US3448510 *Jan 10, 1968Jun 10, 1969Western Electric CoMethods and apparatus for separating articles initially in a compact array,and composite assemblies so formed
Referenced by
Citing PatentFiling datePublication dateApplicantTitle
US3870196 *Sep 28, 1973Mar 11, 1975Laurier Associates IncHigh yield method of breaking wafer into dice
US3918150 *Feb 8, 1974Nov 11, 1975Gen ElectricSystem for separating a semiconductor wafer into discrete pellets
US3920168 *Jan 15, 1975Nov 18, 1975Regan Barrie FApparatus for breaking semiconductor wafers
US4085038 *Dec 15, 1976Apr 18, 1978Western Electric Co., Inc.Methods of and apparatus for sorting parts of a separated article
US4140260 *Mar 27, 1975Feb 20, 1979General Electric CompanySystem for separating a semiconductor wafer with discrete pellets
US4203127 *Mar 2, 1979May 13, 1980Motorola, Inc.Package and method of packaging semiconductor wafers
US4744550 *Apr 24, 1986May 17, 1988Asm America, Inc.Vacuum wafer expander apparatus
US4995539 *Sep 13, 1989Feb 26, 1991Heinz RichardMethod and apparatus for cleaving wafers
US5029418 *Mar 5, 1990Jul 9, 1991Eastman Kodak CompanySawing method for substrate cutting operations
US5362681 *Jul 22, 1992Nov 8, 1994Anaglog Devices, Inc.Method for separating circuit dies from a wafer
US5668062 *Aug 23, 1995Sep 16, 1997Texas Instruments IncorporatedMethod for processing semiconductor wafer with reduced particle contamination during saw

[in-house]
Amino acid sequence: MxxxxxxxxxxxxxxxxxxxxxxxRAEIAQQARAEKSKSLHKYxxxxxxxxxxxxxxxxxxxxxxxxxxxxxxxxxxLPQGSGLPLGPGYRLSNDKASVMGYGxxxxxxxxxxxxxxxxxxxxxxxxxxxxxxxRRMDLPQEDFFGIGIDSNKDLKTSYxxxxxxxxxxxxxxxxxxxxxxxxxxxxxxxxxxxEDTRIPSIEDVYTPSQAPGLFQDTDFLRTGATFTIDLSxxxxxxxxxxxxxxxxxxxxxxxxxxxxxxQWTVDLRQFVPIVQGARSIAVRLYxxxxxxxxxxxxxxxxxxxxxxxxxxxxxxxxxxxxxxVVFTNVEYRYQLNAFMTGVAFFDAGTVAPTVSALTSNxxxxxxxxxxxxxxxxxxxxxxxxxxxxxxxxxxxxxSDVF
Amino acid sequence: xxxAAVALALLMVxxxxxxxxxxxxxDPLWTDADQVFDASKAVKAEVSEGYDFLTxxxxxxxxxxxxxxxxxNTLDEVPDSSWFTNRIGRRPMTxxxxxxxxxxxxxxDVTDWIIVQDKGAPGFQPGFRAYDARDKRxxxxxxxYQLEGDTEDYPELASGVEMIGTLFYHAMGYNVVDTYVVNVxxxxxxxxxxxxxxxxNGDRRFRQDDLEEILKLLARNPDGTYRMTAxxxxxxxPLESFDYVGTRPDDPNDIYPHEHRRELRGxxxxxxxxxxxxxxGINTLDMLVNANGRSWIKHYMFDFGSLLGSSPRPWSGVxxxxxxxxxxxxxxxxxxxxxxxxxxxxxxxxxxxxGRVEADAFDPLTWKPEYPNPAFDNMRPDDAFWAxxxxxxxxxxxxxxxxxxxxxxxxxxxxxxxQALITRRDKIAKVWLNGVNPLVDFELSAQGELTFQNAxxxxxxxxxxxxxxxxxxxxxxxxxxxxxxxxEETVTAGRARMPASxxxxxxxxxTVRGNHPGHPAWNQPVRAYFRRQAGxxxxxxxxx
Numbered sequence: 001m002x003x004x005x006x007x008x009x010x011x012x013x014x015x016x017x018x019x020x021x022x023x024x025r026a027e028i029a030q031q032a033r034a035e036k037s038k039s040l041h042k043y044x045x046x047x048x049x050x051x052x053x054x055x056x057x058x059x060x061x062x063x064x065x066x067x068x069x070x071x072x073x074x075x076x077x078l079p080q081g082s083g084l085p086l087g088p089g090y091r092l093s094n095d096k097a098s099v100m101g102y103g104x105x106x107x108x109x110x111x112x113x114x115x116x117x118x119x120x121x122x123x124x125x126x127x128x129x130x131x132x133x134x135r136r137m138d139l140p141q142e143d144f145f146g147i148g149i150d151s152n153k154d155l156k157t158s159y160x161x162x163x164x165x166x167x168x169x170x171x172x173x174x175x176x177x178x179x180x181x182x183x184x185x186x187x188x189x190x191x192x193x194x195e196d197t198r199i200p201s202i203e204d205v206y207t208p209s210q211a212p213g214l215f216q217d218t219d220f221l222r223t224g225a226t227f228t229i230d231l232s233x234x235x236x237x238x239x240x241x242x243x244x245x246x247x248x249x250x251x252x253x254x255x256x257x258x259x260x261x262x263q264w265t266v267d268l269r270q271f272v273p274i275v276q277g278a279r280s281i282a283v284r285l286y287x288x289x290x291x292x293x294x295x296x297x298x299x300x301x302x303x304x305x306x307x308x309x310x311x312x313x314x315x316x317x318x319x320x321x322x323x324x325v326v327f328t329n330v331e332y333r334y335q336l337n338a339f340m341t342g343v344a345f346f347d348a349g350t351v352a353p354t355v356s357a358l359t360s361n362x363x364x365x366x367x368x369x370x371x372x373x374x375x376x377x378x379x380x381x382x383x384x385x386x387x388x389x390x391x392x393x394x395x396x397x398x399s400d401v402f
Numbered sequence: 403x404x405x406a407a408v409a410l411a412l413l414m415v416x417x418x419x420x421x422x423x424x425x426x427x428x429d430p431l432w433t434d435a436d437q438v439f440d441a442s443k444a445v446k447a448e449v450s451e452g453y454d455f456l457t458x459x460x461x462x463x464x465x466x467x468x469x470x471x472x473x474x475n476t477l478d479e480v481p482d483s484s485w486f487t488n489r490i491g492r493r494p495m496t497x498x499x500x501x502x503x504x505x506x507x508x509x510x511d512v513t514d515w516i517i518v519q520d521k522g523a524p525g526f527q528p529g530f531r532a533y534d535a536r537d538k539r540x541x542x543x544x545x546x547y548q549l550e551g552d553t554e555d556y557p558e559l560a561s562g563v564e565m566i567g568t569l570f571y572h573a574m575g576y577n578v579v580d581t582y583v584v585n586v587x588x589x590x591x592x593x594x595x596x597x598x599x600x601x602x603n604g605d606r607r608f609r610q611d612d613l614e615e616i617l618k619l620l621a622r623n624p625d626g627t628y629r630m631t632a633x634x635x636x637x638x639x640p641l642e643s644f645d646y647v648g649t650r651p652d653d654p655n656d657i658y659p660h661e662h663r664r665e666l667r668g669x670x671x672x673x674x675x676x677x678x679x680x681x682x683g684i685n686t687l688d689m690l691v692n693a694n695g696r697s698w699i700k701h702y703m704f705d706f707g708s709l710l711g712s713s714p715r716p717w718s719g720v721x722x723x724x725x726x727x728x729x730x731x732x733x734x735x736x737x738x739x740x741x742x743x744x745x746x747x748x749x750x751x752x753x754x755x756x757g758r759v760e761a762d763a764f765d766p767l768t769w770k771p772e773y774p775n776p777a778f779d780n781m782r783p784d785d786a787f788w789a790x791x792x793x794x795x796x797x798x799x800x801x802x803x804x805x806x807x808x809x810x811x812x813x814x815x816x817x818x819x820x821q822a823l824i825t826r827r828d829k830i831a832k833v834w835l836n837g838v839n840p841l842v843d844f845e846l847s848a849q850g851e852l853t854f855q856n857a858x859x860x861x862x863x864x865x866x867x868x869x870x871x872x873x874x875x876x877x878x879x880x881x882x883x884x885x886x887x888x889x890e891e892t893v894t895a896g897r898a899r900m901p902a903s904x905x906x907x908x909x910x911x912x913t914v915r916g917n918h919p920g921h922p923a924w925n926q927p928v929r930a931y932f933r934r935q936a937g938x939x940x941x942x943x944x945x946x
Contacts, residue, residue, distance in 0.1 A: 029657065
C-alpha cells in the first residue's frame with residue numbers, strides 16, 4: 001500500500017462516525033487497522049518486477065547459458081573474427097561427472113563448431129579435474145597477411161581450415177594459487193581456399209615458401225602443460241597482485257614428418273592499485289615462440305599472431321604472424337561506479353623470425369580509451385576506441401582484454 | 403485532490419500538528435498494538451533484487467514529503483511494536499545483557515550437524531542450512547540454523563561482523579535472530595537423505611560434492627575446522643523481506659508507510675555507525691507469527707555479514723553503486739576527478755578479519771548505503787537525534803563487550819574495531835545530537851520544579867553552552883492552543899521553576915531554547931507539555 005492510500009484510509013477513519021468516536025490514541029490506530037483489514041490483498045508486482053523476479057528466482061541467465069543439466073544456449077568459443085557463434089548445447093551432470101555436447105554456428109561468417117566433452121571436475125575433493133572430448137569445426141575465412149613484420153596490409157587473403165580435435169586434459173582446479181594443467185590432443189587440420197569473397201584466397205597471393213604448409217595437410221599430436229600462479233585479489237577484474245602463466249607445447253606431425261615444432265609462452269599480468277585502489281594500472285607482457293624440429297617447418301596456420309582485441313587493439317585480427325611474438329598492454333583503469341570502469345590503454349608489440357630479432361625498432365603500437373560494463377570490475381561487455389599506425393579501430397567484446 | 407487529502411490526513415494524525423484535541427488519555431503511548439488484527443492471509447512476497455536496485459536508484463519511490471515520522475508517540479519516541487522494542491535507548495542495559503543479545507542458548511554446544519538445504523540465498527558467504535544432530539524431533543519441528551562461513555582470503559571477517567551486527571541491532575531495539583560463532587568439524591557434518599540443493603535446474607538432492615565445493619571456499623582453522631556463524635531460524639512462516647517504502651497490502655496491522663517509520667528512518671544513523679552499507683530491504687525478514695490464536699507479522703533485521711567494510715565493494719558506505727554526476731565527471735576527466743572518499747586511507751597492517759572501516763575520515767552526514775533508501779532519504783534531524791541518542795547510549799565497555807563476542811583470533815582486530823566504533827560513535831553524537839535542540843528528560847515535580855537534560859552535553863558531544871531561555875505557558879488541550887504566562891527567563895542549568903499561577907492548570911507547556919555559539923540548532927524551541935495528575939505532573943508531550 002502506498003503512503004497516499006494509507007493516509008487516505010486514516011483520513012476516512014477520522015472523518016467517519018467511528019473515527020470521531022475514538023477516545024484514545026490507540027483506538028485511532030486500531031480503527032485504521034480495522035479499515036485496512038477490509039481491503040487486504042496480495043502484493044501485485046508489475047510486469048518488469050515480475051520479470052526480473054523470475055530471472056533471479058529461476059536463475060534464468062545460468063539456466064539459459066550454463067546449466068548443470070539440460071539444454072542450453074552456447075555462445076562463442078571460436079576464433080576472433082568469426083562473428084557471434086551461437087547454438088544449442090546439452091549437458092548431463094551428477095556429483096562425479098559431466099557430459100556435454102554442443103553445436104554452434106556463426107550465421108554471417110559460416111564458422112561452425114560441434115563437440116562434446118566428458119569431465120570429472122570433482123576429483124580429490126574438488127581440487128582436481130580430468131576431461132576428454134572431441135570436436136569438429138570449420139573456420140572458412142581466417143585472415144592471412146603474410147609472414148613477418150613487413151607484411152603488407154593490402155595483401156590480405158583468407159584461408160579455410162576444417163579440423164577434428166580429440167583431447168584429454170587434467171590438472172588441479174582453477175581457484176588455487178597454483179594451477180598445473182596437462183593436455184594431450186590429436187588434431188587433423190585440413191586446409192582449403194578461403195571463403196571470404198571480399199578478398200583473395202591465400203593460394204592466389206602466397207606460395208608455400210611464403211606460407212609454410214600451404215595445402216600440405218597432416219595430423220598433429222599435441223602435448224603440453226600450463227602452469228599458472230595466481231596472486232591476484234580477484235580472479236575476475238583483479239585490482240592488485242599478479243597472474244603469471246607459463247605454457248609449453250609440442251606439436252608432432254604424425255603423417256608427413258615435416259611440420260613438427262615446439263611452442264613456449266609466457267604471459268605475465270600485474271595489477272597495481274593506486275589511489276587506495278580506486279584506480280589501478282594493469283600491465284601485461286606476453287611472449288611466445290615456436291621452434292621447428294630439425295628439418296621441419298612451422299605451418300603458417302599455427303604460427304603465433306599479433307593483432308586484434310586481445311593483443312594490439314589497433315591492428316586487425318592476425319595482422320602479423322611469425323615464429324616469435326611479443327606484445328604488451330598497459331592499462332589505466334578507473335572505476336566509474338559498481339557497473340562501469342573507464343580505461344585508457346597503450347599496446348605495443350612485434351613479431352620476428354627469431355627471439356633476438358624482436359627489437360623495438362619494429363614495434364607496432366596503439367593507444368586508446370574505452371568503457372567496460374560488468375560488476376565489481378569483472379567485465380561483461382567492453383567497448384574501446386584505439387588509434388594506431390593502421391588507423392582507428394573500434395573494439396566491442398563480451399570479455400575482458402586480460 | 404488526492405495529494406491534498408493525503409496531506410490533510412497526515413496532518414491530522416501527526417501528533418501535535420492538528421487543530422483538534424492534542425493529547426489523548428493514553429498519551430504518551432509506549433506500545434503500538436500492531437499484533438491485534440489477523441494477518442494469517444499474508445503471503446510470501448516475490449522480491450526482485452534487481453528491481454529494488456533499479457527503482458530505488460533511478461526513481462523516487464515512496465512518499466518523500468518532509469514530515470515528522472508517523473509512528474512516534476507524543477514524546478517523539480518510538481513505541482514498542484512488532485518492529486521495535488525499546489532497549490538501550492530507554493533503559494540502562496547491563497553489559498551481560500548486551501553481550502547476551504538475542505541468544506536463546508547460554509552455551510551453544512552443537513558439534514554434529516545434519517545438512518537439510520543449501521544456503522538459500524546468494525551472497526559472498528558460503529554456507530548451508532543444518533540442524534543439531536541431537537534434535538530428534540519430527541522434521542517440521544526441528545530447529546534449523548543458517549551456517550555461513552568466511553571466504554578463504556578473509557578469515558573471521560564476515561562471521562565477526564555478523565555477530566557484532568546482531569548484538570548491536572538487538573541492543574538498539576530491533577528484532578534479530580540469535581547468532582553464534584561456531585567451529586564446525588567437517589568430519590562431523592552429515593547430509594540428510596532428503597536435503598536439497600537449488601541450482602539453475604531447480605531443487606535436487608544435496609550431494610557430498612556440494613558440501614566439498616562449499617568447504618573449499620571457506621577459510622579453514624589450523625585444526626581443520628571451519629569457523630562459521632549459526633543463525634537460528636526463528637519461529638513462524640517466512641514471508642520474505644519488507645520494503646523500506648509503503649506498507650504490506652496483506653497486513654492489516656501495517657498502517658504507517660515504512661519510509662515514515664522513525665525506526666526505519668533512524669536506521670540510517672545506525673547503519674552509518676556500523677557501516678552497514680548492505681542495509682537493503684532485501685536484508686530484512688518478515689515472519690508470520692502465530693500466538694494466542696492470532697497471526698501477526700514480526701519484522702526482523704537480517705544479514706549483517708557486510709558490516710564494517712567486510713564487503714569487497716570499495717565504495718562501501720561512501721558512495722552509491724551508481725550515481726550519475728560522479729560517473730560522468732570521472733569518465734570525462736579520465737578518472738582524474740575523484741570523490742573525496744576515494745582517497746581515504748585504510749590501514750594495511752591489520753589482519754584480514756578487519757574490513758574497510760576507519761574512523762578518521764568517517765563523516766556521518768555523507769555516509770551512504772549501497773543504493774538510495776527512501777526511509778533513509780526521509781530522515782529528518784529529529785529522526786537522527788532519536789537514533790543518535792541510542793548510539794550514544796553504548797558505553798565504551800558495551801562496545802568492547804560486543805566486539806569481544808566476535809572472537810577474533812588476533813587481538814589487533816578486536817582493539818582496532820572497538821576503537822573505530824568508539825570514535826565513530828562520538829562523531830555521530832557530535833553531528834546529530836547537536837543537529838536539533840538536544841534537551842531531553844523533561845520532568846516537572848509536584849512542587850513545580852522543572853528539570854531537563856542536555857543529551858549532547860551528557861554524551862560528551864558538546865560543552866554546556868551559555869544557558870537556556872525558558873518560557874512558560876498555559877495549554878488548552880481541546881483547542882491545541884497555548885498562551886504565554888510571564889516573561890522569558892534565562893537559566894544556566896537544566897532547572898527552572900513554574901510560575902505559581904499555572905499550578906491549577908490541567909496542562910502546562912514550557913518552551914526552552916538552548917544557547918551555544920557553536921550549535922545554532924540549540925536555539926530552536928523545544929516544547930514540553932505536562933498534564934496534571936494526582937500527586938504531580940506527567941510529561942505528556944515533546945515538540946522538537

US6182546Mar 4, 1998Feb 6, 2001Tessera, Inc.Apparatus and methods for separating microelectronic packages from a common substrate
US6217972Oct 16, 1998Apr 17, 2001Tessera, Inc.Enhancements in framed sheet processing
US6228685Oct 16, 1998May 8, 2001Tessera, Inc.Framed sheet processing
US6338982Oct 16, 2000Jan 15, 2002Tessera, Inc.Enhancements in framed sheet processing
US6541852Feb 12, 2001Apr 1, 2003Tessera, Inc.Flexible sheet bonded in tension on a rigid frame so that the sheet spans an aperture in the frame; frame and sheet have different coefficients of thermal expansion; use making microelectronics
US7152311Dec 26, 2001Dec 26, 2006Tessera, Inc.Enhancements in framed sheet processing
Classifications
U.S. Classification438/464, 257/620, 225/2, 425/384, 29/413, 425/301, 425/173, 438/465, 257/E21.238, 29/832
International ClassificationH01L21/304, H01L21/301
Cooperative ClassificationH01L21/3043, H01L21/67092, H01L21/67132
European ClassificationH01L21/67S2F, H01L21/67S2P, H01L21/304B